Public health officials remain on high alert for additional cases of the new strain of coronavirus after two positive diagnoses in Southern California over the weekend.
A total of 110 people in 26 U.S. states are under investigation for possible infection with the deadly strain, a number that is expected to rise, the Centers for Disease Control and Prevention announced.
Five people in the United States have tested positive — the two in California, plus one each in Washington, Illinois and Arizona. No new U.S. cases were confirmed overnight, CDC officials said in a briefing on Monday.
The strain of coronavirus has sickened more than 2,800 people in 16 countries and territories and resulted in more than 80 deaths since it was discovered late last month in central China. The majority of the cases have been reported in the Hubei province, where most of the early victims said they had visited a large seafood and live animal market in the capital city of Wuhan. Symptoms of the virus include fever, coughing and shortness of breath.
Most of the people being tested for coronavirus in the U.S. had either recently traveled to Wuhan or had contact with someone who did, said Dr. Nancy Messonnier, director of the CDC’s National Center for Immunization and Respiratory Diseases.
“At this time in the U.S., this virus is not spreading in the community,” she said, and for that reason, officials continue to believe the immediate health risk to the general U.S. public remains low.
Of the two Southern California cases, one was announced by Orange County health officials late Friday, and the second by Los Angeles County officials on Saturday. The Orange County patient was described only as a traveler from Wuhan. The L.A. County patient is a Wuhan resident who was flying through Los Angeles International Airport on Wednesday on his way back to China, L.A. County public health officials said.
Once at LAX, the patient presented themselves as being symptomatic in conjunction with the CDC traveler screening protocol that was in place, Dr. Muntu Davis, L.A. County health officer, said Monday. The patient is not believed to have left the airport in L.A., outside of being transported to a hospital for treatment.
Davis declined to disclose how many people have been screened for the new strain of coronavirus in L.A. County.
“We are actively involved in CDC screening at LAX, and that number is very dynamic,” he said.
The CDC briefing on Monday came after a top Chinese health official said that the Wuhan coronavirus is contagious during its incubation period, before patients who are infected show symptoms. That would mean it could spread more easily than the severe acute respiratory syndrome (SARS) virus that ravaged Asia in 2003.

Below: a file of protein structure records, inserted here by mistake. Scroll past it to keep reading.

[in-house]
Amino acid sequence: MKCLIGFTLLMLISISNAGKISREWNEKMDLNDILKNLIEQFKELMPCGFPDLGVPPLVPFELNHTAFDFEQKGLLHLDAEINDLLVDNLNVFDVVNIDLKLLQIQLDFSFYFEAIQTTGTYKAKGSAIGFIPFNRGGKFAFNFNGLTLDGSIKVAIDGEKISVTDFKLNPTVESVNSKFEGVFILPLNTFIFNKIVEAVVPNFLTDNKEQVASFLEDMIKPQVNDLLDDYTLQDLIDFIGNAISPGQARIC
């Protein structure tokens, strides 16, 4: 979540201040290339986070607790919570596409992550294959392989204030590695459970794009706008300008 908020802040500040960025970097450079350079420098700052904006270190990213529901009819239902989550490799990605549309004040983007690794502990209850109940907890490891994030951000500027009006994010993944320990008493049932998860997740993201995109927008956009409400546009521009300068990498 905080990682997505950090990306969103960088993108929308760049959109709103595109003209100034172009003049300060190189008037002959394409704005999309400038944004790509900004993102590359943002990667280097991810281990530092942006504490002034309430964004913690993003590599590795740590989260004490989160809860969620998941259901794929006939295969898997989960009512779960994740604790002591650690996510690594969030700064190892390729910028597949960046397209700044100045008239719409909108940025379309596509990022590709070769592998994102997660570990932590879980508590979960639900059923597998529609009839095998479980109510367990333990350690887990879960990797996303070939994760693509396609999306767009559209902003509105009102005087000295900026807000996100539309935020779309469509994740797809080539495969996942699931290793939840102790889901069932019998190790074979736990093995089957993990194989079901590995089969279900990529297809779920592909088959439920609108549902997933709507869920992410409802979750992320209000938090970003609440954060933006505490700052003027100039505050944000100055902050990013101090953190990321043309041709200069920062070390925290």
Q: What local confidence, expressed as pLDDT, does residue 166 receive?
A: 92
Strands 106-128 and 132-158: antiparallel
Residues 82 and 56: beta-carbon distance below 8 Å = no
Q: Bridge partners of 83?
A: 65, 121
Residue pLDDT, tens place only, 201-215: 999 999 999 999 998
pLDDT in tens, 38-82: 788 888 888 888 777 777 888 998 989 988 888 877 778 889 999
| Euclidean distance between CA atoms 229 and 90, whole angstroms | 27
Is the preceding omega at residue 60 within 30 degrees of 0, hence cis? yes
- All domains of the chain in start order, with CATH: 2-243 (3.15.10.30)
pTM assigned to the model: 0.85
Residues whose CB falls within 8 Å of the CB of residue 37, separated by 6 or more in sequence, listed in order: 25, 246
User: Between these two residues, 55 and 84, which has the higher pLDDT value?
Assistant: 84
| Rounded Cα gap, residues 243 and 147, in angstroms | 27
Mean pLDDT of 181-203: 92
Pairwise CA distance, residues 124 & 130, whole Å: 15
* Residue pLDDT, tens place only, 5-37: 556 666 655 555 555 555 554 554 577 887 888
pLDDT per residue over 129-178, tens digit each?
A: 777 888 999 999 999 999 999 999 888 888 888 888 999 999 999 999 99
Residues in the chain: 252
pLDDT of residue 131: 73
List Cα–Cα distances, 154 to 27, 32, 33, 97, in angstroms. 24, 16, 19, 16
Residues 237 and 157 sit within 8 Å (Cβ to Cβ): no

Ma Xiaowei, director of the National Health Commission of China, said Sunday that “walking infections” of people who aren’t seriously ill make stopping the spread of the virus more difficult, according to the health commission’s website. Patients often do not have a high fever at first, and there are many mild cases of the illness, he added.
Messonnier said that U.S. health officials are aware of those reports, but that the CDC has no clear evidence of patients being infectious before symptom onset. Still, officials are being “very aggressive and very cautious” in tracking the contacts of infected patients as a result, she said. So far, the CDC has not seen any cases of human-to-human transmission in the U.S., she said.
Meanwhile, a flight carrying government employees who are being evacuated from the U.S. Consulate in Wuhan due to the outbreak is now scheduled to land in Ontario, Calif., rather than at San Francisco International Airport as initially announced.
The charter flight procured by the U.S. State Department is scheduled to depart from Wuhan Tianhe International Airport and head to Ontario on Wednesday morning, China time, a department representative said Monday. All travelers will be screened for symptoms at the airport before the flight departs, the department said.
The coronavirus diagnoses coincide with the height of the U.S. flu season, when hospitals are already seeing an uptick in patients with upper respiratory complaints. As such, it’s difficult to tell whether facilities are seeing more people reporting such symptoms than usual, experts said.
In order to reduce the risk of transmission, public health officials say that people should take the same precautions they’d take to avoid passing along any other virus. Those include frequent handwashing, refraining from touching one’s eyes, nose and mouth with dirty hands, disinfecting frequently touched surfaces and staying away from others when feeling sick.
“In general, it really is your typical flu season recommendations at this point,” Davis said. “That information may change as we learn more about this novel virus, and that’s what world and local health officials are actively trying to understand or confirm.”
Times staff writer Cindy Chang contributed to this report.